The best way to store tires is to apply an anti-ozanant, tire/rubber protective coating, place the tire in a very large 55gal size, or larger if you can find one, trash bag, and store in a cool, dry area, away from electric motors and equipement [welders] that generate ozone.

I have a numbers matching, mostly all original, 1980 Corvette, including the original OE spare tire.  It has been coated with Age Master 1 Rubber Protective Agent a few times, I inspect it before every long trip and I would have no issue at all using it.  Matter of fact, every tire on every rubber tired vehicle I own, has been coated with Age Master 1 Rubber Protective Agent.  We completed a cross country trip in the '80 from our home in MD to OR via the northern tier states, 7,000 mile round trip, with 10 y/o Gdyrs and no issue.  When they wore out, finally, I replaced them with new, current  production BFGs.  And guess what?  The new technology BFGs performed better than the 10 y/o Gdyrs, no surprise there.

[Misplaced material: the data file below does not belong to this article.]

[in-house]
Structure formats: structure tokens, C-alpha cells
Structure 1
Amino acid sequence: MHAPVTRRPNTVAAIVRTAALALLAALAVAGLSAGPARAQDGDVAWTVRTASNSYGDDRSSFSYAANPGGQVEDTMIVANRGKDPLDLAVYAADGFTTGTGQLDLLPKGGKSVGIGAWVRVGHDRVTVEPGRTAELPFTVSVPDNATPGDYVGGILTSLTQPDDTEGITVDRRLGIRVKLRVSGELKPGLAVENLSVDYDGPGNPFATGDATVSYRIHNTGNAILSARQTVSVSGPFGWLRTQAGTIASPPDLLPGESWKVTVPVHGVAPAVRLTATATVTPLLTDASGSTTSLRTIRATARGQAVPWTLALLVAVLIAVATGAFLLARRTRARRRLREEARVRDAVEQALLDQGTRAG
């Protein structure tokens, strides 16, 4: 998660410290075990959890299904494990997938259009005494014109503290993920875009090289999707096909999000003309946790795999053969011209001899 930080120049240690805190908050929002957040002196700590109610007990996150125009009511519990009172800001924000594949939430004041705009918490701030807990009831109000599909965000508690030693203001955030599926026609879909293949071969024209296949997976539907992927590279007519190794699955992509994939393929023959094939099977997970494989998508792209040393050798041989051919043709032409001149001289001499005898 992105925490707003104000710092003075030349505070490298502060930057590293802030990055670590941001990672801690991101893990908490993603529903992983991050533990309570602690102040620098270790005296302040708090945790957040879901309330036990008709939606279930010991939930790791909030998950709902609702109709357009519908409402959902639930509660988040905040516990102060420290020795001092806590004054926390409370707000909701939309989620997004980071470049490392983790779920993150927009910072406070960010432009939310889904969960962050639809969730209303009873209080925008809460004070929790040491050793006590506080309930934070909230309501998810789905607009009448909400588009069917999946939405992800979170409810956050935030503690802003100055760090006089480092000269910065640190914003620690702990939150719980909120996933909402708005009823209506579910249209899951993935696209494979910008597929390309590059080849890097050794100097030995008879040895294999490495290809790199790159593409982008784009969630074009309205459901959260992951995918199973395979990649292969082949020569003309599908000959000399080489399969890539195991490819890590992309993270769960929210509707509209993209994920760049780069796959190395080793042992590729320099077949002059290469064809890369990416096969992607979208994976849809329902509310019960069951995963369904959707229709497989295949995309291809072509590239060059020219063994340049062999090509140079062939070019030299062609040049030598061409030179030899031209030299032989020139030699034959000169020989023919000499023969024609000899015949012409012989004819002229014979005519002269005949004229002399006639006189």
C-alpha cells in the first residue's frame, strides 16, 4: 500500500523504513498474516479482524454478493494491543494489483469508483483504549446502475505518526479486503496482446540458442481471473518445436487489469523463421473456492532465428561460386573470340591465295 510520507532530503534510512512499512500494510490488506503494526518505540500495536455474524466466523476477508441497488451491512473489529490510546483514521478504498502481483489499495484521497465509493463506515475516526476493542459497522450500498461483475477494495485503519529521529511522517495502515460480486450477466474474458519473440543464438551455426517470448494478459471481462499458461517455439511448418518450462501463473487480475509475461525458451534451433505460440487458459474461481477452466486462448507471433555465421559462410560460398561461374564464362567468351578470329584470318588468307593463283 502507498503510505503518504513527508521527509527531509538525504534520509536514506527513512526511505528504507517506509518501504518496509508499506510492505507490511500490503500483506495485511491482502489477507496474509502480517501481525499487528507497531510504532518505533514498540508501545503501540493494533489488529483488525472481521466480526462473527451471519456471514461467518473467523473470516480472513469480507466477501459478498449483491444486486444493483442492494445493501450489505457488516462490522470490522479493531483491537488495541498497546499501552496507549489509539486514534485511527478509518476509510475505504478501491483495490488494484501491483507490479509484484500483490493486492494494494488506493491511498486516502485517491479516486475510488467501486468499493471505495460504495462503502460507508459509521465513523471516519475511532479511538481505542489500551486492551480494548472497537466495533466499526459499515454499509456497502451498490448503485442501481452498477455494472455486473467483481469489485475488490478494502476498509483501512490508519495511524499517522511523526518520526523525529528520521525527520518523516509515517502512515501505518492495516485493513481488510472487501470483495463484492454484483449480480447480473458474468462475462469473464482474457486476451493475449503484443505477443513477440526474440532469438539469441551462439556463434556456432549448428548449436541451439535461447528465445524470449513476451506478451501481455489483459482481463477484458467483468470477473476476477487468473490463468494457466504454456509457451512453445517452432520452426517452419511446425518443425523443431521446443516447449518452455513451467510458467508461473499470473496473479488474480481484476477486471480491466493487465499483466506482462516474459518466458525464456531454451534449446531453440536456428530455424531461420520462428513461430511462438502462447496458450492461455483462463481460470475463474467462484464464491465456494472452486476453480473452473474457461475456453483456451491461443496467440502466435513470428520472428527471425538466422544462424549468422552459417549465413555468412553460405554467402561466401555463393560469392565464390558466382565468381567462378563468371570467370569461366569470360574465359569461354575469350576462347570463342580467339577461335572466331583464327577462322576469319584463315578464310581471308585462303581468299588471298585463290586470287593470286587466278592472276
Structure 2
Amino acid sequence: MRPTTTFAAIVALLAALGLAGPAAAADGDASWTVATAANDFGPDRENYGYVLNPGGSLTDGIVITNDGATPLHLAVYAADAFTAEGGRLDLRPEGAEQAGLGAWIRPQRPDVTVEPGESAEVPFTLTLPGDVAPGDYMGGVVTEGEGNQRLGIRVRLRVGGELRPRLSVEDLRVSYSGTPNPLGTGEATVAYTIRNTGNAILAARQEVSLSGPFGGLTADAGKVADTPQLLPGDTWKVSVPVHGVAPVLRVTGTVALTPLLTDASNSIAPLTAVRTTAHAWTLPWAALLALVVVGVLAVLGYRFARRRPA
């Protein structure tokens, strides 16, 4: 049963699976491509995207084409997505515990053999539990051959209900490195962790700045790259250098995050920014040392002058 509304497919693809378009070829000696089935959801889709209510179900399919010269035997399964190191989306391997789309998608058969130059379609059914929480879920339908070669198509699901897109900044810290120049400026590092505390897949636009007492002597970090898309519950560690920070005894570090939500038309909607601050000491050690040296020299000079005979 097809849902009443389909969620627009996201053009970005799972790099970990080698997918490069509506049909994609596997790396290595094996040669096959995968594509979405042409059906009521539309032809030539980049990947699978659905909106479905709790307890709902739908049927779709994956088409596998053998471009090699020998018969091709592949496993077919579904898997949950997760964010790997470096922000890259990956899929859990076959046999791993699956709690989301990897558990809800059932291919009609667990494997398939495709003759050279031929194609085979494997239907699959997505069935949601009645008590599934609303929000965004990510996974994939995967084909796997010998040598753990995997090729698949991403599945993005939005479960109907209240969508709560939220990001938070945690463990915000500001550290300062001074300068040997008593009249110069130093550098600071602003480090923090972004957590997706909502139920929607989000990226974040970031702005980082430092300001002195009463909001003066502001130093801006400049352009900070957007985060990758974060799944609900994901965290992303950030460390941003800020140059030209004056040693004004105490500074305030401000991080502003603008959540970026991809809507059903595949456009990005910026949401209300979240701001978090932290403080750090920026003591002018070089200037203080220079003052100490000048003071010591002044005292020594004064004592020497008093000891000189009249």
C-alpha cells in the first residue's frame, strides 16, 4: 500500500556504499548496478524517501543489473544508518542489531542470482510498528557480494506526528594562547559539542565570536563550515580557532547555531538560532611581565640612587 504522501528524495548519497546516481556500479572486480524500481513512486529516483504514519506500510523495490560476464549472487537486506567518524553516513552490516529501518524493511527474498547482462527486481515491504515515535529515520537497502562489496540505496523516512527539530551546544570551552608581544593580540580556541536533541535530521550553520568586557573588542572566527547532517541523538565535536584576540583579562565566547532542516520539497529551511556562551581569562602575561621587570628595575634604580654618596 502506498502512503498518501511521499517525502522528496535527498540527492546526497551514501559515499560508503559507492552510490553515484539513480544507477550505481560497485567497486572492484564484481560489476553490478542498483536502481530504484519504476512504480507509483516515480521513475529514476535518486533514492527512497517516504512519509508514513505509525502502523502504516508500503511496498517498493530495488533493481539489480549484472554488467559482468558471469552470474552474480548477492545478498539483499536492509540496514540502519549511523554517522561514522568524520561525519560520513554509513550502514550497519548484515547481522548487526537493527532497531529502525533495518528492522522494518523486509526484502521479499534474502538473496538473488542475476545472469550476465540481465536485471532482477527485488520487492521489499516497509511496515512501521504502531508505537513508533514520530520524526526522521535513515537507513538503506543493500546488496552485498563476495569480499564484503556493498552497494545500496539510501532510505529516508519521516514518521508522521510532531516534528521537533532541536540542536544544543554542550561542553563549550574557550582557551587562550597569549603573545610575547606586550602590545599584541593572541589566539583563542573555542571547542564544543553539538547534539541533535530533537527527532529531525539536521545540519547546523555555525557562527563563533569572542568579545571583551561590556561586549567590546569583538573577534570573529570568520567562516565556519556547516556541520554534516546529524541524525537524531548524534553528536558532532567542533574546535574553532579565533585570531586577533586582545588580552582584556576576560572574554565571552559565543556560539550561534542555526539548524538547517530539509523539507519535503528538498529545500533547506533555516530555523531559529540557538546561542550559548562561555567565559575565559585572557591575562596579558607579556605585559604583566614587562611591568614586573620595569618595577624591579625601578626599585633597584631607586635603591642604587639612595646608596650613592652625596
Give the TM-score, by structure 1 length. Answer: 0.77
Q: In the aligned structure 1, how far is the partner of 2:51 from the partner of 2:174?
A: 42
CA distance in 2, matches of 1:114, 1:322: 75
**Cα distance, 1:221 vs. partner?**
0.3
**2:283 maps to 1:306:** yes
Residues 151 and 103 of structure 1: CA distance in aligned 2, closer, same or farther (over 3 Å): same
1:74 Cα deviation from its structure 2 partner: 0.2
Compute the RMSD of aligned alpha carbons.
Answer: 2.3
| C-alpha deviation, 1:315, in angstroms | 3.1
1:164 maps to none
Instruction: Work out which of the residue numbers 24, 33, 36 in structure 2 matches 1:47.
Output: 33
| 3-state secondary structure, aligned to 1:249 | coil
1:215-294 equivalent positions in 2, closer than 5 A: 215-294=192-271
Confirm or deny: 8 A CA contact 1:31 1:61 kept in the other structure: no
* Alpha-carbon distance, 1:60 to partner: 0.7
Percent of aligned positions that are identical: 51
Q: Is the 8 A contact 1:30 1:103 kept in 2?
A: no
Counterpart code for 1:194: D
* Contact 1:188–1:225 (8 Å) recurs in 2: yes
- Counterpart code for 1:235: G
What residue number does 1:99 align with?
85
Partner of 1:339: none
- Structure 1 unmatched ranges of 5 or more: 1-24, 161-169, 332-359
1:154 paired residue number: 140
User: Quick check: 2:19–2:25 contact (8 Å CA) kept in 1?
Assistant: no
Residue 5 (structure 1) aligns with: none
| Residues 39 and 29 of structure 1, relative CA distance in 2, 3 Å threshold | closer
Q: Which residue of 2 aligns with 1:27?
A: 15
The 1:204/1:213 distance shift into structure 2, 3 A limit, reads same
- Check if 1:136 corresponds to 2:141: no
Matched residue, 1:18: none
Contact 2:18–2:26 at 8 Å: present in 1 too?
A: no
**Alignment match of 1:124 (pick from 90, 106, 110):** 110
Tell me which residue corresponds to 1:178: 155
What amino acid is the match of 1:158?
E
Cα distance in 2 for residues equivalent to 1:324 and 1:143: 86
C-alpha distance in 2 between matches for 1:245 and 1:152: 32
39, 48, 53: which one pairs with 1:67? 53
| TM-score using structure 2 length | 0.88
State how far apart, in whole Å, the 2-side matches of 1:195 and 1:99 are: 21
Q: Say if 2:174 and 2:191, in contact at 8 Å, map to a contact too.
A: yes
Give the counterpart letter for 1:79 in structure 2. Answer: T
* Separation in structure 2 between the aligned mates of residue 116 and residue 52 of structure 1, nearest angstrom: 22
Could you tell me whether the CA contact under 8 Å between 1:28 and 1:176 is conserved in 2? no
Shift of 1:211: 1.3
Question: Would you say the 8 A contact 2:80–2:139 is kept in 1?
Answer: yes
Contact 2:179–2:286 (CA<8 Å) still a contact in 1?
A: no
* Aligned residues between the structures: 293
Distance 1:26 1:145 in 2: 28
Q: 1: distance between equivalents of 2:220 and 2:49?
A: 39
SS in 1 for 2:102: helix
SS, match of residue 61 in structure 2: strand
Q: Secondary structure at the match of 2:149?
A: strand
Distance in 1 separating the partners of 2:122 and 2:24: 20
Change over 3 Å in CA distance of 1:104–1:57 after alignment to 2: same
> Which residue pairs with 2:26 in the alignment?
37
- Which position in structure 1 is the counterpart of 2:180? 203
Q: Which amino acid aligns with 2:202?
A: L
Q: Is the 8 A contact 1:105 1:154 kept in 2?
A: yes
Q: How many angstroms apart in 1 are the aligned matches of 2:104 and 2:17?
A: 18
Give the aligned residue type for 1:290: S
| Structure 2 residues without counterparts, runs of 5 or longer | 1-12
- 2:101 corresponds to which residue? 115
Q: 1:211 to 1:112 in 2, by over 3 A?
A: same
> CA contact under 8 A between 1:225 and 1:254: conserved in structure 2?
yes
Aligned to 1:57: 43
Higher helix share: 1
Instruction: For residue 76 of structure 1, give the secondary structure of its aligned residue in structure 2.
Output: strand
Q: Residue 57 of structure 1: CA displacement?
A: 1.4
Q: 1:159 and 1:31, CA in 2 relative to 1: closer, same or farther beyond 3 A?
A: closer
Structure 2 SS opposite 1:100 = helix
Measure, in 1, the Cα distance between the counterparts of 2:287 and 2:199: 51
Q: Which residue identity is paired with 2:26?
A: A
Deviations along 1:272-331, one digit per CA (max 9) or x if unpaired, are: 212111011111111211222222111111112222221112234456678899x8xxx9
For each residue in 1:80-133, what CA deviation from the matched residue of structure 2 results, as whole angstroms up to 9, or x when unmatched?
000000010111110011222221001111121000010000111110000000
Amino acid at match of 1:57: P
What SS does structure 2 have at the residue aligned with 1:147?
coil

The interior materials of a tire are encapsulated in rubber.  The only way they would age/deteriorate is if tire aging cracks, any kind of cuts, or penetrating objects, went deep enough to expose those materials to air and mosture.  That is why a tire that has gone flat due to a tread penetrating object small enough for a repair, should be repaired from the inside AND the outside, to prevent, as much as possible, air and moisture from getting to the fabic carcass ply, which would absorb moisture and deteriorate, and to the steel belts, which would then rust/oxidation.

Just sayin'






wspohn SuperDork
1/10/21 11:29 a.m.

Hmm - my 1971 Jensen Interceptor still has the spare tire it was sold new with - the wheel has never been taken out of the car. Bet that would be fun.